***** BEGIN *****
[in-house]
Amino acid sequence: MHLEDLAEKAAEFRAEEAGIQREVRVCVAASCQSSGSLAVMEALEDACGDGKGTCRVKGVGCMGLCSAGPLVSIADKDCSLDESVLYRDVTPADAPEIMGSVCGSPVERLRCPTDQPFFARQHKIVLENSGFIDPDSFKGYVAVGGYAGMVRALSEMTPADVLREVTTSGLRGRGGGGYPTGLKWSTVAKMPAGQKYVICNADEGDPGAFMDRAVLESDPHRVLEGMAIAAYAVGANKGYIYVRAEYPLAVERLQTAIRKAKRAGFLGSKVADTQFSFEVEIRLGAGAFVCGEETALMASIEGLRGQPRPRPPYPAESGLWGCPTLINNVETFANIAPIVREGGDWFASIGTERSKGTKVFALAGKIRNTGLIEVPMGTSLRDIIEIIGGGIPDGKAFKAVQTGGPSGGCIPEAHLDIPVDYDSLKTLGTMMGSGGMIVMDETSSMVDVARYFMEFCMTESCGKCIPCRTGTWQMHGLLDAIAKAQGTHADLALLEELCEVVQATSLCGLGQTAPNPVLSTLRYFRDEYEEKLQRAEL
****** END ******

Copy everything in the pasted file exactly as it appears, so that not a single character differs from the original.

[in-house]
Amino acid sequence: MHLEDLAEKAAEFRAEEAGIQREVRVCVAASCQSSGSLAVMEALEDACGDGKGTCRVKGVGCMGLCSAGPLVSIADKDCSLDESVLYRDVTPADAPEIMGSVCGSPVERLRCPTDQPFFARQHKIVLENSGFIDPDSFKGYVAVGGYAGMVRALSEMTPADVLREVTTSGLRGRGGGGYPTGLKWSTVAKMPAGQKYVICNADEGDPGAFMDRAVLESDPHRVLEGMAIAAYAVGANKGYIYVRAEYPLAVERLQTAIRKAKRAGFLGSKVADTQFSFEVEIRLGAGAFVCGEETALMASIEGLRGQPRPRPPYPAESGLWGCPTLINNVETFANIAPIVREGGDWFASIGTERSKGTKVFALAGKIRNTGLIEVPMGTSLRDIIEIIGGGIPDGKAFKAVQTGGPSGGCIPEAHLDIPVDYDSLKTLGTMMGSGGMIVMDETSSMVDVARYFMEFCMTESCGKCIPCRTGTWQMHGLLDAIAKAQGTHADLALLEELCEVVQATSLCGLGQTAPNPVLSTLRYFRDEYEEKLQRAEL